I received this book for free from NetGalley, the publisher in exchange for an honest review. This does not affect my opinion of the book or the content of my review.
Published by Harlequin on August 29, 2017
Genres: Contemporary, Romance
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Passion and danger collide in a breathless story from New York Timesbestselling author Diana Palmer.
Saved from an abduction and unthinkable harm, Gabrielle Bennett owed her life to her rescuer. Marc Stephano, a stranger from the sketchy shadows of town, could've asked for money. Instead he introduced her to desire and claimed her completely—then he broke her heart.
Older, wiser and now a top New York model, Gabrielle is prepared for anything—except Marc's reemergence into her life. It's a merciless trick of fate. A successful, self-made millionaire, he's as powerful as ever, but can Gabrielle forgive and forget—in the name of love?
I’ve been reading Diana Palmer for a couple of decades now. This novel was classic DP in many of its elements, with a love-hate relationship between the main character and hero and a lot of heartache generated from bullheadedness and misunderstanding. It should be noted that this was formerly published under another pen name of the author’s, Diana Blayne.
I think my issue is how this kind of novel translates into a modern-day setting, as I generally prefer a heroine with more agency and self-possession than Gabrielle, or Gaby, exhibited. That being said, if compared to the dozens of Diana Palmer books I’ve read in the past, she is fairly typical of a DP heroine, and has moments of spunky wit that I wish there were more of.
Marc too is a typical DP hero, but I think maybe I’m at a time in my life when a hero whose present-day actions are so fueled by anger shoes up as less appealing to me. I felt like younger Marc would’ve been the guy I would’ve fallen for, but the Marc of this novel’s events I think could’ve used more moments of humor or tenderness to humanize him a bit more.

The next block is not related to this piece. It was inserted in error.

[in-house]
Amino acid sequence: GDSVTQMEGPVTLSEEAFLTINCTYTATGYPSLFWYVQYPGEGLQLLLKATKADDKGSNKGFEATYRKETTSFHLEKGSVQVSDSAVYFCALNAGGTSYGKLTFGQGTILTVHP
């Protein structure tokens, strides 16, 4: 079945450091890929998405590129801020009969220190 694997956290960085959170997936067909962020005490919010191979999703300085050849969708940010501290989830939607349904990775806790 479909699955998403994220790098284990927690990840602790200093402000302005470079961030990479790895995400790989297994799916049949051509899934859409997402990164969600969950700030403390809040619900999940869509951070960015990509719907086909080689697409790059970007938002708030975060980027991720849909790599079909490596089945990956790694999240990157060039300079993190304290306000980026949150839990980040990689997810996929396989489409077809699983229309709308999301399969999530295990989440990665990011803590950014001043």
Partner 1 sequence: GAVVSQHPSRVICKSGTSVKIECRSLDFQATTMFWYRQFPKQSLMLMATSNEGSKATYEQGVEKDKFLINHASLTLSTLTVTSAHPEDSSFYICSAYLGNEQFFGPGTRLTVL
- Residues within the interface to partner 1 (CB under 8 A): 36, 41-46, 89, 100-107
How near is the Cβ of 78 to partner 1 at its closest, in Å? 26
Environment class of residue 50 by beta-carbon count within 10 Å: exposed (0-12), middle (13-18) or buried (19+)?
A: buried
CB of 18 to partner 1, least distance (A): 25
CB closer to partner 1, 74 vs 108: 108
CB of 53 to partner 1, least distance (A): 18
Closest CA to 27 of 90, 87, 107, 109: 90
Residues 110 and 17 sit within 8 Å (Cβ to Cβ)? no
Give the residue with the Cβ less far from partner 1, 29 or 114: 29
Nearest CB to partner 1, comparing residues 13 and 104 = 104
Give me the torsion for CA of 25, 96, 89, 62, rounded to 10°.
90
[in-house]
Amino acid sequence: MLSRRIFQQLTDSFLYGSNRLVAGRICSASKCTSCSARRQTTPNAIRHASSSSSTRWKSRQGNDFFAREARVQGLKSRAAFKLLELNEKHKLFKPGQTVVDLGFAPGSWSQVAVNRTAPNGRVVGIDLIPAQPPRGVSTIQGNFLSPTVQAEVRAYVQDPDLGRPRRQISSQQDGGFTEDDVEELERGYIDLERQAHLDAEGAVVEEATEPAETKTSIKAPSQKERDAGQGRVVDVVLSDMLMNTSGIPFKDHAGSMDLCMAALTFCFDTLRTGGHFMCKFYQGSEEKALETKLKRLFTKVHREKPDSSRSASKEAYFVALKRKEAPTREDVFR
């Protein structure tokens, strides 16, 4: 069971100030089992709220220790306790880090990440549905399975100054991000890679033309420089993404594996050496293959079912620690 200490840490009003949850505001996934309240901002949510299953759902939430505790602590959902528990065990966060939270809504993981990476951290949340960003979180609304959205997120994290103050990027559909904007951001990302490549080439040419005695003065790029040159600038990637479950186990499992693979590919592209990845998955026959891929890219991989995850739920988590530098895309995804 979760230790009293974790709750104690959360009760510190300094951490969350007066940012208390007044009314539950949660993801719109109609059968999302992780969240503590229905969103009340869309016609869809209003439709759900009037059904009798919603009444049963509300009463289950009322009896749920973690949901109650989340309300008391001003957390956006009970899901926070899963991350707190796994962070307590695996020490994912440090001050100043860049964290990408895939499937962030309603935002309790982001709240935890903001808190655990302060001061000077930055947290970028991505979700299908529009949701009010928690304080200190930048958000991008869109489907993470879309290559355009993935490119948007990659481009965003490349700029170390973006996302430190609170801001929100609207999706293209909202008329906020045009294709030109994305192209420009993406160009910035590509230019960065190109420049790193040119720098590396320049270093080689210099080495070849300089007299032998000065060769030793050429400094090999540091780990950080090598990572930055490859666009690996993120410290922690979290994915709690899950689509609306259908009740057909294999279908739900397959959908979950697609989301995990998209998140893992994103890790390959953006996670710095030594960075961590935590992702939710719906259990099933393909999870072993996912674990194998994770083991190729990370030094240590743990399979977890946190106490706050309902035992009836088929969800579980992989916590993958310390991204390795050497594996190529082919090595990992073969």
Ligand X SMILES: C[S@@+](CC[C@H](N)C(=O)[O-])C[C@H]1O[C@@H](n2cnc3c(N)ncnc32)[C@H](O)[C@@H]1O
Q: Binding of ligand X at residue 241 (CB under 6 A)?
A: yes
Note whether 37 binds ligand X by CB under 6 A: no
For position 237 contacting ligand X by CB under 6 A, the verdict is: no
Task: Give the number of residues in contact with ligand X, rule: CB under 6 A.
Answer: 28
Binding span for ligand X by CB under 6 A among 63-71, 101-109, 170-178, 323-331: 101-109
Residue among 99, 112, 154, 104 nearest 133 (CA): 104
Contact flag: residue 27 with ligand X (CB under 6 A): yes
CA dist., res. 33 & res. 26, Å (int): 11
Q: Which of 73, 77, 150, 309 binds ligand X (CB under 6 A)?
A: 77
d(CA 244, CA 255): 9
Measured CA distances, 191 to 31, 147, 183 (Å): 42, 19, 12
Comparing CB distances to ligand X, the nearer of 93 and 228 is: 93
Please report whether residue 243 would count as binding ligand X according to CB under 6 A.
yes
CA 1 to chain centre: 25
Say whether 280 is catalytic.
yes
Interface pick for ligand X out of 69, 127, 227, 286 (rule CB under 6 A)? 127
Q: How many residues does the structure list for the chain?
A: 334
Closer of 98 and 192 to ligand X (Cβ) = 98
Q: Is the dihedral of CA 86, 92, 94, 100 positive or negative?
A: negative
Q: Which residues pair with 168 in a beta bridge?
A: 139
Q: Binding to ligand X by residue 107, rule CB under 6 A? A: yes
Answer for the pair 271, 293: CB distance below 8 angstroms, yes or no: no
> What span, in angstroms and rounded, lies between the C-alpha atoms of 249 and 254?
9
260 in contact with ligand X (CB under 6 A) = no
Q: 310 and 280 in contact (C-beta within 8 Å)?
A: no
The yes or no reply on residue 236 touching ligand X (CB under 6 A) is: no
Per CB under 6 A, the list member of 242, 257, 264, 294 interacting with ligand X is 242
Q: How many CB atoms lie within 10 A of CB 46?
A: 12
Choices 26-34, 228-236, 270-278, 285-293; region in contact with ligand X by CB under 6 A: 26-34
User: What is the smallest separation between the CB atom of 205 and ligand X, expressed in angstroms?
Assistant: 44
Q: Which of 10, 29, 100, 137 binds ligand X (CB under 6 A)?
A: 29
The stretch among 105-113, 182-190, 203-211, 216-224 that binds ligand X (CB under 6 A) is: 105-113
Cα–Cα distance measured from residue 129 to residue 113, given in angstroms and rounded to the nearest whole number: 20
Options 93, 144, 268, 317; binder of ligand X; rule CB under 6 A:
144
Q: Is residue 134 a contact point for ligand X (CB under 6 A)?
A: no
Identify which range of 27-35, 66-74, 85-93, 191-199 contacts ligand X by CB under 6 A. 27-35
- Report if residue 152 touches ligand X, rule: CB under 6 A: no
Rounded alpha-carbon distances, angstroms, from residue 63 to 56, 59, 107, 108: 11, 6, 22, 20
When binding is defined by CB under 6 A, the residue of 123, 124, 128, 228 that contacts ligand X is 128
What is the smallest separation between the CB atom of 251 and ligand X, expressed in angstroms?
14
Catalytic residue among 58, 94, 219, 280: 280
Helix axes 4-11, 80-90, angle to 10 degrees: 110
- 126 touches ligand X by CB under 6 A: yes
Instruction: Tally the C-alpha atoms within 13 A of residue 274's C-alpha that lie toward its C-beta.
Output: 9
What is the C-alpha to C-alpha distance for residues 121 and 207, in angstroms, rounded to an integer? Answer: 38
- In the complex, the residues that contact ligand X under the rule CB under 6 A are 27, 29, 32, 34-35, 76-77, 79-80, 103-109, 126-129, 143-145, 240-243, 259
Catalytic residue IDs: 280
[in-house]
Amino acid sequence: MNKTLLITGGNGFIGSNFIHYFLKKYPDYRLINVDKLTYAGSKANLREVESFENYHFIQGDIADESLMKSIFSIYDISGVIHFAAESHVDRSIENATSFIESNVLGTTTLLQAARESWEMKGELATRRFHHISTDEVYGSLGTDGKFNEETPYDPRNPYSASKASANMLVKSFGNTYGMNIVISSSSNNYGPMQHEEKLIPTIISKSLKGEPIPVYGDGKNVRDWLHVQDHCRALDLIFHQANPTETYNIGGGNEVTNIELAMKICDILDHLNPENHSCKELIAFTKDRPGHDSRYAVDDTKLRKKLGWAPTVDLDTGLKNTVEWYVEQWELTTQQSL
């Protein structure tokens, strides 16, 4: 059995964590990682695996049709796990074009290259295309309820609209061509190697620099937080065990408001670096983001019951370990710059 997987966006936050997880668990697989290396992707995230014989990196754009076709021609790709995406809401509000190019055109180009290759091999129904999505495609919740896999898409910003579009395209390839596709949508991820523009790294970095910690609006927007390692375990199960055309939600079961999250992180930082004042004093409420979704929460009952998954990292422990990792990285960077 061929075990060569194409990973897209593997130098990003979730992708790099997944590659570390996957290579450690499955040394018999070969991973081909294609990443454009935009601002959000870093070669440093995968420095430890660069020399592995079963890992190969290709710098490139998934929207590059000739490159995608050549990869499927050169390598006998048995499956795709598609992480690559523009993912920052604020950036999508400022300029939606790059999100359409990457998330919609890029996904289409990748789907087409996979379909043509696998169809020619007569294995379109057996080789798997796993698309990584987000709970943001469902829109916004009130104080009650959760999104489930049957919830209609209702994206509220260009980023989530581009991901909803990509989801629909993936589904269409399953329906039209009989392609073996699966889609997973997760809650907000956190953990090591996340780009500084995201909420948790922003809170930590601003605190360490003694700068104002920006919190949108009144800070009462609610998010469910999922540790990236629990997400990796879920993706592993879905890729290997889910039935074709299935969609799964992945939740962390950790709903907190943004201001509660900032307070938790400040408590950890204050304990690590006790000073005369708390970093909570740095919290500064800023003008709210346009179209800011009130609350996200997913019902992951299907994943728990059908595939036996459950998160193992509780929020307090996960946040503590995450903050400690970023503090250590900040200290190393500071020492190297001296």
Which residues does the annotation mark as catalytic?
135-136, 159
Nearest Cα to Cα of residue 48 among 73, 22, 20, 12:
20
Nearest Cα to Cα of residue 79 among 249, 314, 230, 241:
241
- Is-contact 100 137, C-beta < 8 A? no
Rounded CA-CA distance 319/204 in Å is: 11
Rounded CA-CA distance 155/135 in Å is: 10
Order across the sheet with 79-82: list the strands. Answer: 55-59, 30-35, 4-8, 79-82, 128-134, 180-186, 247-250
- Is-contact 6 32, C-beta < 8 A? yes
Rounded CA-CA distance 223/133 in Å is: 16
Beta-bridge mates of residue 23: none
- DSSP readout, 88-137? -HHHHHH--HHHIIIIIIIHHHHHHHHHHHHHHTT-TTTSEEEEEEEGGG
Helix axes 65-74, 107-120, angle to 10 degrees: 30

I actually really enjoyed the supporting characters here, in particular Uncle Michael, Marc’s mobster connection, and Sergeant Bonaro, the supposedly jaded cop. Both added a bit of humor and heart to the story, because however intimidating they might be externally, inside they’re both marshmallows.
Overall, I think I was pretty happy with the HEA, considering this was originally published in 1991, and I have to wonder about the rerelease because it reads very much like an early 1990s romance. I just wished Gaby had given as good as she’d gotten where Marc was concerned, and that Marc had done a little more in the way of penitence, considering how he acted in the first part of the book. I mean, I understood the pain that fueled his anger, but still, he walked the edge of a line heroes shouldn’t cross, and I felt like it affected his likeability as a character.
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